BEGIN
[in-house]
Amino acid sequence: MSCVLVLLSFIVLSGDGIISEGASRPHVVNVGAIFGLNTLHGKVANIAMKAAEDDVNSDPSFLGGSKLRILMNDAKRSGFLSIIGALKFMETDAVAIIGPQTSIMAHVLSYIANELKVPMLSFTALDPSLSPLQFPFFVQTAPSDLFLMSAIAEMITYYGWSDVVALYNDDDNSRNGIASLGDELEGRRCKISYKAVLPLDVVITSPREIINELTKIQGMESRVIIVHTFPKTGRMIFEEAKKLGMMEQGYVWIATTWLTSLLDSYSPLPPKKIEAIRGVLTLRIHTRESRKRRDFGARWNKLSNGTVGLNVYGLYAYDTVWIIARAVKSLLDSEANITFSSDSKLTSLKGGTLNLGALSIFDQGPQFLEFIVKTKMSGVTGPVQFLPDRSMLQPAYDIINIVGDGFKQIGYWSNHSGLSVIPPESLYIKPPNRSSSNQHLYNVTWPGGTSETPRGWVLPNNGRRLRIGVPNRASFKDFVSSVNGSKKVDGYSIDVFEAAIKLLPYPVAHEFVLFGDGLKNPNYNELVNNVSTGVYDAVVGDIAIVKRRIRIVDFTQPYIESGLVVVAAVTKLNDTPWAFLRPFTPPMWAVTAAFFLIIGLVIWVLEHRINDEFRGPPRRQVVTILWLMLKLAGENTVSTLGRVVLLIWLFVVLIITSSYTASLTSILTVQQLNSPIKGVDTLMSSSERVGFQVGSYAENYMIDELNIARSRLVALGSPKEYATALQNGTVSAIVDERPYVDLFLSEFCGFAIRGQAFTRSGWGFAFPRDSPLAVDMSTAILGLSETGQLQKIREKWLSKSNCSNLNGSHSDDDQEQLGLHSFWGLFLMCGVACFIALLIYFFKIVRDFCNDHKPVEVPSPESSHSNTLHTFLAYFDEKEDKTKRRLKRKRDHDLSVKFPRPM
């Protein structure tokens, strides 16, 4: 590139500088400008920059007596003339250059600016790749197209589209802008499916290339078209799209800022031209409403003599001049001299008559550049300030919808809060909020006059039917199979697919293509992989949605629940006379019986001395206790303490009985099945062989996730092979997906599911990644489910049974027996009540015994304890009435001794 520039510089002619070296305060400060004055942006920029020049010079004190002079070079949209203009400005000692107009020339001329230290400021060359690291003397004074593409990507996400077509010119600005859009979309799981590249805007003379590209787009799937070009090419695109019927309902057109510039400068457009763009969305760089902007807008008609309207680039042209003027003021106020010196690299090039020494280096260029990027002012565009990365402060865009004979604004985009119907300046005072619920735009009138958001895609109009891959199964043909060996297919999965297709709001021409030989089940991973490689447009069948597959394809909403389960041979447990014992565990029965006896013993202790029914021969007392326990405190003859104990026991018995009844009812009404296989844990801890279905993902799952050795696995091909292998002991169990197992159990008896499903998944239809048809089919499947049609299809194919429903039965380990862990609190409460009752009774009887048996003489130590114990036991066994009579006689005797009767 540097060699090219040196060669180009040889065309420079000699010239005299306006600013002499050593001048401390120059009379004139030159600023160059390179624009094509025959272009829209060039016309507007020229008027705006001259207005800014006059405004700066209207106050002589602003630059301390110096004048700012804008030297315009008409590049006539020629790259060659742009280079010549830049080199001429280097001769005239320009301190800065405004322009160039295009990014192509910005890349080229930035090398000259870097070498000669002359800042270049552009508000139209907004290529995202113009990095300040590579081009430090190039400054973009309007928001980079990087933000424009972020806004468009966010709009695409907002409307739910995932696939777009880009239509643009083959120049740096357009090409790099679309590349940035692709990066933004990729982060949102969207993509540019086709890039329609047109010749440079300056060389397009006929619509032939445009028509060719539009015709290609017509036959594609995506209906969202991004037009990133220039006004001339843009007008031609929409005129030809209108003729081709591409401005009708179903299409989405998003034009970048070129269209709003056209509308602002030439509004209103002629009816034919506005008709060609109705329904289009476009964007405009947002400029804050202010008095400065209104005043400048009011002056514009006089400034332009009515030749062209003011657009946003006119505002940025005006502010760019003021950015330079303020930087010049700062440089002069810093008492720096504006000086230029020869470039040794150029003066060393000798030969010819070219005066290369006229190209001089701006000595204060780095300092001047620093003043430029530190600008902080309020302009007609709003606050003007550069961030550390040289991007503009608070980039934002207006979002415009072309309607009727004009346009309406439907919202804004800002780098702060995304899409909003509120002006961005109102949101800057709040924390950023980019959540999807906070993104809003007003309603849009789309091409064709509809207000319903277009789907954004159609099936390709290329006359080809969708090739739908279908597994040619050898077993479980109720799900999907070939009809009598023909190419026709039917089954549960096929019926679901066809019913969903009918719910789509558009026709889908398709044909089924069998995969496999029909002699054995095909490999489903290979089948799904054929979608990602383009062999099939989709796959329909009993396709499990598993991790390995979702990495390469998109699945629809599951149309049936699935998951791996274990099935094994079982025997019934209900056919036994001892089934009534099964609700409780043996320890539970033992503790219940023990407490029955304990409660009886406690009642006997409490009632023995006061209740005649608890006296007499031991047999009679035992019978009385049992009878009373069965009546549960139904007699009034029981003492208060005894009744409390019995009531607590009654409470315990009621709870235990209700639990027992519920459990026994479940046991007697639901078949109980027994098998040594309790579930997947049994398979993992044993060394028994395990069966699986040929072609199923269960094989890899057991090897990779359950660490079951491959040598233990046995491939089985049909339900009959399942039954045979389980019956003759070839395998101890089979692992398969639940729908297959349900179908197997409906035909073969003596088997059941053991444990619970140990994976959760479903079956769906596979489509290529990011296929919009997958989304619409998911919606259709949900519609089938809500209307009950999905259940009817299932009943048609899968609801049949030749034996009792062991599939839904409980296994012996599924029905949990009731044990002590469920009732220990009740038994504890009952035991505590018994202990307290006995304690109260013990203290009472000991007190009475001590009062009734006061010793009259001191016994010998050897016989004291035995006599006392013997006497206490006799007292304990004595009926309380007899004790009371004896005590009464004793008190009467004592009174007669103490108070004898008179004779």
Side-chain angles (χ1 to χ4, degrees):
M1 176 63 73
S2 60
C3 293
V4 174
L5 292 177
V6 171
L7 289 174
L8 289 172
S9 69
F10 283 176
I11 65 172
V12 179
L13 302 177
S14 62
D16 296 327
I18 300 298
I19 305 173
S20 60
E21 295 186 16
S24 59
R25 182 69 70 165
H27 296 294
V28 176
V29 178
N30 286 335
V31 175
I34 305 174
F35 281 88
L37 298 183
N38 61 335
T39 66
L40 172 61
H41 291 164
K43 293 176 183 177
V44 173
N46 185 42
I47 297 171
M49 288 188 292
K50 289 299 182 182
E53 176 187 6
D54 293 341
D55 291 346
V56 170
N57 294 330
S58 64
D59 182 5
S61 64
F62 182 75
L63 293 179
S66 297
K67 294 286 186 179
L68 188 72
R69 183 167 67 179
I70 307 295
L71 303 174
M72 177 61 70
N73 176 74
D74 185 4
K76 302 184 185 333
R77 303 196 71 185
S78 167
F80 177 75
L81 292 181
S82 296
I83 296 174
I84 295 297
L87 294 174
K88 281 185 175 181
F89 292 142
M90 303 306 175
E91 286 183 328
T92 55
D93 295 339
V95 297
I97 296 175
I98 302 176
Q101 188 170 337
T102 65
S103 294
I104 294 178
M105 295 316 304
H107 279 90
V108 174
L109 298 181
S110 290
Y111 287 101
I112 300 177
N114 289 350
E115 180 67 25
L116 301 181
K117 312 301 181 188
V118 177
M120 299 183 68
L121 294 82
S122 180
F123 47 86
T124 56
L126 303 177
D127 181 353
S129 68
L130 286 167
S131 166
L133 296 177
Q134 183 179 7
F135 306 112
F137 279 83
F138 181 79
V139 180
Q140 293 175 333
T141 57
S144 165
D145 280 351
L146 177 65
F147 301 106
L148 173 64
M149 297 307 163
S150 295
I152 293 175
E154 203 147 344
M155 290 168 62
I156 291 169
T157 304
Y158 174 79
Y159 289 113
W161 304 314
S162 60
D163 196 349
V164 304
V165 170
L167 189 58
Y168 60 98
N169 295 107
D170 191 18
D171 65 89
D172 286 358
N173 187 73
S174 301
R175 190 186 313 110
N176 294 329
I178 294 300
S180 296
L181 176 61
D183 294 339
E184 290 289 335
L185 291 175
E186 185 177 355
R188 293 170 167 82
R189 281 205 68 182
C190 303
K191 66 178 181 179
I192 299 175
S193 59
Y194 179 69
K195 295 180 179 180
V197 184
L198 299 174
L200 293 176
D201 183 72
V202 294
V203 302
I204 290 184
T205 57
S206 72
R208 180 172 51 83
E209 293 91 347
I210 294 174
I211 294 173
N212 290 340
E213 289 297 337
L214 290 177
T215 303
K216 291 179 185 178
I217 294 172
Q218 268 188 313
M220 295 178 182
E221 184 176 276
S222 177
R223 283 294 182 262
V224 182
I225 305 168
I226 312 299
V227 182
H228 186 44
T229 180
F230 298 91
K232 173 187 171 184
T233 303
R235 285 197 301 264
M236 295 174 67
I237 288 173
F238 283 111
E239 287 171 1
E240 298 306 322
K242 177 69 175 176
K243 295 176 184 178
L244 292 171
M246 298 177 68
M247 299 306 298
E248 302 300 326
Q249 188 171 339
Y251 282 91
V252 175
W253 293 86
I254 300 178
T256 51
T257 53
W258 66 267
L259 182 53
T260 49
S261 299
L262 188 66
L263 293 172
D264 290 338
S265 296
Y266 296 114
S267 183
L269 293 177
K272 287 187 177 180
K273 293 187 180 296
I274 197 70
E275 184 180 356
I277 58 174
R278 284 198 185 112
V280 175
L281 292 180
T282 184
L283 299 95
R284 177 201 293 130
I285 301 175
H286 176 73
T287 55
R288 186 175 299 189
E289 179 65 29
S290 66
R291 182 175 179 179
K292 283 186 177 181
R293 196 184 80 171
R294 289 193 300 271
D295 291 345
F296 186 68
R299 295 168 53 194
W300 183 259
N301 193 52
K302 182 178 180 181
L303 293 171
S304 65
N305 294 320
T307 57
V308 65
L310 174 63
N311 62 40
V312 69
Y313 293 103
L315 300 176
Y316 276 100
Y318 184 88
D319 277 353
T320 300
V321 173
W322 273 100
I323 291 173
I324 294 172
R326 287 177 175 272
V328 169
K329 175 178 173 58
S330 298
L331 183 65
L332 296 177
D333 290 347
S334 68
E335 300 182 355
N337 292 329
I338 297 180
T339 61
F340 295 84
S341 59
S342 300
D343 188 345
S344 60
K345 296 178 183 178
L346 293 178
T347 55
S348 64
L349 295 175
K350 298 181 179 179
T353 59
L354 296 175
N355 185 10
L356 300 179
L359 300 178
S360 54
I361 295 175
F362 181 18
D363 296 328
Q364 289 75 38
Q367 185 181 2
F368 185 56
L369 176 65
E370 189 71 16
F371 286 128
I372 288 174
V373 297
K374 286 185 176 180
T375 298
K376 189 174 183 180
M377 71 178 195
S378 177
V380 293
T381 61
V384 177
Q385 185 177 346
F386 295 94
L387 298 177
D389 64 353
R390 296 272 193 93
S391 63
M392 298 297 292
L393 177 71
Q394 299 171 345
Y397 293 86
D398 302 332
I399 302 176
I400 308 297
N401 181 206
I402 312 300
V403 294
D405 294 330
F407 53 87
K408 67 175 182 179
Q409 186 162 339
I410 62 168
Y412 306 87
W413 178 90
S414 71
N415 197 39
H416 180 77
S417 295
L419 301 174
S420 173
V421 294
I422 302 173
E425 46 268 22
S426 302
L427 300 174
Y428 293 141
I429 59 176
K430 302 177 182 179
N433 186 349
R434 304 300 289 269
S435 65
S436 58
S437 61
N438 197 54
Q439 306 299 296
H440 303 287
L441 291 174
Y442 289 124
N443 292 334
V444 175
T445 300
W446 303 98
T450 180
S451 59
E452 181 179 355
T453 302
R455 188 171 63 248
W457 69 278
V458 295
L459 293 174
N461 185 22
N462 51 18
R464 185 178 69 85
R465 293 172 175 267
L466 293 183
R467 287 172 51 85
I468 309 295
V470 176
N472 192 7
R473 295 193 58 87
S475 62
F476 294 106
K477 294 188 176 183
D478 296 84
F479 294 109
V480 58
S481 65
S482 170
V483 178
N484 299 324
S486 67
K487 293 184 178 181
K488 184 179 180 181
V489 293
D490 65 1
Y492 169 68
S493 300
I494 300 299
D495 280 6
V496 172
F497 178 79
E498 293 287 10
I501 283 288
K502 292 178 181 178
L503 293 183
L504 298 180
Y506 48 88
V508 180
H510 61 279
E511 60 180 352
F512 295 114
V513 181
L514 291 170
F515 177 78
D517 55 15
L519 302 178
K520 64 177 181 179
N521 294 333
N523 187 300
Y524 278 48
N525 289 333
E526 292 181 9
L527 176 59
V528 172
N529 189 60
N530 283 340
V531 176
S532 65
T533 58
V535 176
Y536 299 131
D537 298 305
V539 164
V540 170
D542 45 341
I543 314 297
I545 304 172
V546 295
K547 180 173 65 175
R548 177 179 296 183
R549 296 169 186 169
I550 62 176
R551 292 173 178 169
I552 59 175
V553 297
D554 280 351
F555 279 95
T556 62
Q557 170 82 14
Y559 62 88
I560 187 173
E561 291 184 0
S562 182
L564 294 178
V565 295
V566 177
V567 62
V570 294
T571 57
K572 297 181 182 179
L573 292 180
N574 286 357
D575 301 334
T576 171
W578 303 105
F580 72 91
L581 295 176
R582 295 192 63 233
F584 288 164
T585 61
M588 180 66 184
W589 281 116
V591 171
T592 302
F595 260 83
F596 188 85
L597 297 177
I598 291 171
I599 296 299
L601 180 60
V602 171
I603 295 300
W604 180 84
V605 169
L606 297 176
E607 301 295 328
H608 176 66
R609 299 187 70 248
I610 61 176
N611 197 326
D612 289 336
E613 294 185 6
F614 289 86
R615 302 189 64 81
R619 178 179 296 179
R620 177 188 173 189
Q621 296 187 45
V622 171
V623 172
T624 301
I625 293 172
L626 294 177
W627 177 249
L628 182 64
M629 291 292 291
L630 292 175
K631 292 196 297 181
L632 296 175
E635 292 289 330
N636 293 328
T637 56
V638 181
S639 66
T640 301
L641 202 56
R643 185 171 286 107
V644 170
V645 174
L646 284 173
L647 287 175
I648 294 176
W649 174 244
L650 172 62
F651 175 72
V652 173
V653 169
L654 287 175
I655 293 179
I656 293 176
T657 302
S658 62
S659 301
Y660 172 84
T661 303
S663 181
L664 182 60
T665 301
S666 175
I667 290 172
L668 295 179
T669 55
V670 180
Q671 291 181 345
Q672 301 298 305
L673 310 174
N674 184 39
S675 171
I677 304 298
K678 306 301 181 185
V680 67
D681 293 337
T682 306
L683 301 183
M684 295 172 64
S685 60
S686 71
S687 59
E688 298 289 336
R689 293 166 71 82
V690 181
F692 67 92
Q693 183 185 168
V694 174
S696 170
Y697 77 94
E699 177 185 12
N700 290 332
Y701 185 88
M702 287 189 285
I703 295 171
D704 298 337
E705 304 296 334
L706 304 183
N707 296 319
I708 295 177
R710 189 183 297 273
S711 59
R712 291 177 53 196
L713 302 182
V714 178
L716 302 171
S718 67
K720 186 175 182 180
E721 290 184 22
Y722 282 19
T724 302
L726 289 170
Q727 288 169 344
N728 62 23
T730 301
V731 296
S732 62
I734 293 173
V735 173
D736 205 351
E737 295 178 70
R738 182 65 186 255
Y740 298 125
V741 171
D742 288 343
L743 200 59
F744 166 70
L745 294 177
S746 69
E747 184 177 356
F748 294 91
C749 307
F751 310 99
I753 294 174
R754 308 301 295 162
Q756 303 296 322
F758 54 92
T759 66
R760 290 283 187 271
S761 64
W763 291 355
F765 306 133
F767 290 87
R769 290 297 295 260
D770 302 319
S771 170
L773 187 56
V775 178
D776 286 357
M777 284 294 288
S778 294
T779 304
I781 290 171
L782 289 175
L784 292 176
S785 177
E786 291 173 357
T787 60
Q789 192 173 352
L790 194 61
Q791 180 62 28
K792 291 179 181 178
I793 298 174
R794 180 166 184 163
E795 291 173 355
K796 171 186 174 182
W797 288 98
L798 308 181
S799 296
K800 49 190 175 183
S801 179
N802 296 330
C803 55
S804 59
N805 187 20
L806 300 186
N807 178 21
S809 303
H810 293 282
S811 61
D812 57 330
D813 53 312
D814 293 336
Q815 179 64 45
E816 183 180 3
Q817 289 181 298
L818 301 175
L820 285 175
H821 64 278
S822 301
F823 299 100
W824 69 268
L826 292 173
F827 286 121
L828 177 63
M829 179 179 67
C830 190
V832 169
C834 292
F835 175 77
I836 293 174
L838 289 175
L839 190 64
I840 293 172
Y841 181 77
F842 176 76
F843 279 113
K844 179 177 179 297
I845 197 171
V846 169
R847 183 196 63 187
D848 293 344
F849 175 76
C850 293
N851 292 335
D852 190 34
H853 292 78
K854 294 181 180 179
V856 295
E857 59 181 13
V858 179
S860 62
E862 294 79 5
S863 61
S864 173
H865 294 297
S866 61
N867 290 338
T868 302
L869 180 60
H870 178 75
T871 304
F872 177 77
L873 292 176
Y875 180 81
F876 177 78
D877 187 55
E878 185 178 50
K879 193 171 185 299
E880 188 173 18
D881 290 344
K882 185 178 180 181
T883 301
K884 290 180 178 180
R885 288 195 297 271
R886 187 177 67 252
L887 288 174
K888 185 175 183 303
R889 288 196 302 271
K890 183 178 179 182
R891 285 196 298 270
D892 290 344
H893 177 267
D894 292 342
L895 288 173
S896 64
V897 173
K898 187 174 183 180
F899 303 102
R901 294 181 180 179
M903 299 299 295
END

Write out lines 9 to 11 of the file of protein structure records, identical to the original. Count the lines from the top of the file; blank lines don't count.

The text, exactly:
L5 292 177
V6 171
L7 289 174